Richard Nickless, Age 26
Private, 73289, 96th Field Amb, Royal Army Medical Corps.
Richard was the eldest son of Mr Richard & Eliza Nickless of the Rough Ground, Dawley. He had a younger brother John who also served, but in the KSLI and a sister, a Mrs Peake of 8 Alma Avenue, Dawley.
Richard was another Dawley lad who was a keen footballer and a member of Madeley Amateurs; he was also a scholar at Brandlee United Methodist Sunday School and described as a ﬁne Christian lad.
The Nickless Family outside their cottage on the Rough Ground, Richard is stood between his parents and his brother John is on the right in the light-coloured jacket At some point before his enlistment Richard had married Doris, who after his death had moved to Hull, her last known address being 28, St Georges Road, Hull.
Richard Nickless stood ﬁrst on the right with fellow RAMC Soldiers.
Richard had enlisted in September 1915 into the RAMC and was to lose his live on the first day of the Third battle of Ypres (Passchendaele) on July 31st 1917. Unfortunately his body was never recovered and his name appears on the Menin Gate in Ypres on Panel 56.
In November 1916 Richard took the time to write to the Dawley news and his letter is
worth reading in full because it is obvious that Richard felt that the Royal Army
Medical Corp (RAMC) must have been put down as not real soldiers in some
quarters. He then goes on to write about meeting other Dawley soldiers:
“We have been out of action for a fortnight now and some of us are farming — getting up marigolds and potatoes. They always keep us busy. Some people seem to think that the RAMC have a soft time of it and don ’t go near the trenches but they would think differently if they could see us. We go where the infantry go and we are not able to take cover like the other lads for we have to go up and down with the wounded. The sights are awful but we must not grumble. I have met ever so many Shropshire lads out here and they are always smiling. I had the pleasure of meeting my own brother at the base..... We shall all welcome the end of the war — I think it is in sight now. I see by the D.N we have lost some of our own gallant boys but we feel sure they are in heaven above where all is peace”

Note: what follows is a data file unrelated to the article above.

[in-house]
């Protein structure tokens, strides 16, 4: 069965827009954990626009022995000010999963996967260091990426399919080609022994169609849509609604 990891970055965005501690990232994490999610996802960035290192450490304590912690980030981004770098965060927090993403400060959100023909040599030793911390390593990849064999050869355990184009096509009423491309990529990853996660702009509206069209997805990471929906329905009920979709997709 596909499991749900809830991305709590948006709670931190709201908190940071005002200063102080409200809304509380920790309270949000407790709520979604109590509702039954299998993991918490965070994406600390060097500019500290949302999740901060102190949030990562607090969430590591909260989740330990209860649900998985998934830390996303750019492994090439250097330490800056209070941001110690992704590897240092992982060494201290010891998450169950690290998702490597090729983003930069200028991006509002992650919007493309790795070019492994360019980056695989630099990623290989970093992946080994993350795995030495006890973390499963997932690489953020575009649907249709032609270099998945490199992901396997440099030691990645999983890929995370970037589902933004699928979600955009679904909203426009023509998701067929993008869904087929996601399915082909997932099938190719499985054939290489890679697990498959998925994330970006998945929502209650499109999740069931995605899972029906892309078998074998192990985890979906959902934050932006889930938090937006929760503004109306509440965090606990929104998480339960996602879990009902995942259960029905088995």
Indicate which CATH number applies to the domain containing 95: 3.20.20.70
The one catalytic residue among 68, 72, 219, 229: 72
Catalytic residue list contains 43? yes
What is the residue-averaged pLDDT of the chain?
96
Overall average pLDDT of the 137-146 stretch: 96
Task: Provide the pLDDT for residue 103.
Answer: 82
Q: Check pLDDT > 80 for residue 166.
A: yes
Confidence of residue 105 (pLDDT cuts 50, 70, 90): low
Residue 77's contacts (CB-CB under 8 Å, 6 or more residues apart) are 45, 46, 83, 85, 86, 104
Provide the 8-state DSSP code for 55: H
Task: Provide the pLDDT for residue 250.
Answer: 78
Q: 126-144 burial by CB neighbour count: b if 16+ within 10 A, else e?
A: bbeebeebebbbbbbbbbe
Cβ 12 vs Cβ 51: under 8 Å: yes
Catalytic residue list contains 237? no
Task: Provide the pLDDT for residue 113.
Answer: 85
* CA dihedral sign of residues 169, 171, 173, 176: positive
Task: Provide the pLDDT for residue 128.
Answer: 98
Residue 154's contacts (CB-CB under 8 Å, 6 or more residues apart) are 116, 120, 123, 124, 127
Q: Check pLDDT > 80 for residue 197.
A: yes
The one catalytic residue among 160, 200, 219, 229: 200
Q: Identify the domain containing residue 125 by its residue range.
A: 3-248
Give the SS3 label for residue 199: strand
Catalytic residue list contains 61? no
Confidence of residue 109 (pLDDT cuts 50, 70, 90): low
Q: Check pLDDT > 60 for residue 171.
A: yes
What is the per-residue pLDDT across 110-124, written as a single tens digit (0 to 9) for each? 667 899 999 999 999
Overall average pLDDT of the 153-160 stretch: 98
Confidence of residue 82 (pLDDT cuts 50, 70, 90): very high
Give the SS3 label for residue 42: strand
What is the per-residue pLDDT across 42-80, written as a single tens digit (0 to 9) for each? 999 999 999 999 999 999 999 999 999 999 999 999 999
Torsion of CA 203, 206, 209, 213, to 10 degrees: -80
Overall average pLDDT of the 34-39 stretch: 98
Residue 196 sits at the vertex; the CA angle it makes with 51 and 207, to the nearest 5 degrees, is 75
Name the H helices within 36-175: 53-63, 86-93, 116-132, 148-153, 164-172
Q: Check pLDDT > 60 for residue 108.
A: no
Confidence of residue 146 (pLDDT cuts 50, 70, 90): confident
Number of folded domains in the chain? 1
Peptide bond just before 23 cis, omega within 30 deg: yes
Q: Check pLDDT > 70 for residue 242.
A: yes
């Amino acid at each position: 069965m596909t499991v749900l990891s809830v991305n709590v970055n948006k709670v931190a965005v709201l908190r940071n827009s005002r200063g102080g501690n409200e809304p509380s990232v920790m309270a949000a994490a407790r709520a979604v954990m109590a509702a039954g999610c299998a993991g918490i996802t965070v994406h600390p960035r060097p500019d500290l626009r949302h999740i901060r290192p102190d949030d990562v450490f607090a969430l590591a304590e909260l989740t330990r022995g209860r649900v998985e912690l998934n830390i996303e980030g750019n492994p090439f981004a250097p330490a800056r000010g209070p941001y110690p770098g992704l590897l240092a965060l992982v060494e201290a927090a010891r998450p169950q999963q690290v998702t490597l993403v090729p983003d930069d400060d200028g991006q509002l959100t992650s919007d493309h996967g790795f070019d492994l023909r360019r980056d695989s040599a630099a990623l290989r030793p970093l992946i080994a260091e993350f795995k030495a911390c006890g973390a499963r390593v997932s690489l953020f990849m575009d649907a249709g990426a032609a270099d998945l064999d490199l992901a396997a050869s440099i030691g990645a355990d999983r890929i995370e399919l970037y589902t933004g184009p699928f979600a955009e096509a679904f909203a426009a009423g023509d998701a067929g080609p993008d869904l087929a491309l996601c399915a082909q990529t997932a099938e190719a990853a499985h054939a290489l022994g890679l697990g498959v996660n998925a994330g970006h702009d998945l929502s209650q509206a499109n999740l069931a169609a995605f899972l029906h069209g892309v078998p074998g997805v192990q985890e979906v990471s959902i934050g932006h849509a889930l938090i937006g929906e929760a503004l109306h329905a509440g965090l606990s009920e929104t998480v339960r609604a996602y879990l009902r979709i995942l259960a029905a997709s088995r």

Richard’s Brother John who had enlisted at the age of 19 into the KSLI later in the war, Survived, albeit wounded on his backside. John had also been a sportsman being a member of Horsehay United F.C. He had worked at the Randley brickworks and was a scholar at Dawley Primitive Methodist Sunday School.
Richard’s Brother John. who served in the KSLI and survived the War, John was a regular writer to the Dawley news, and quite a few letters from him still exist in surviving copies of the paper.
WWI Medal Rolls Index Card
|Victory Medal||British War Medal|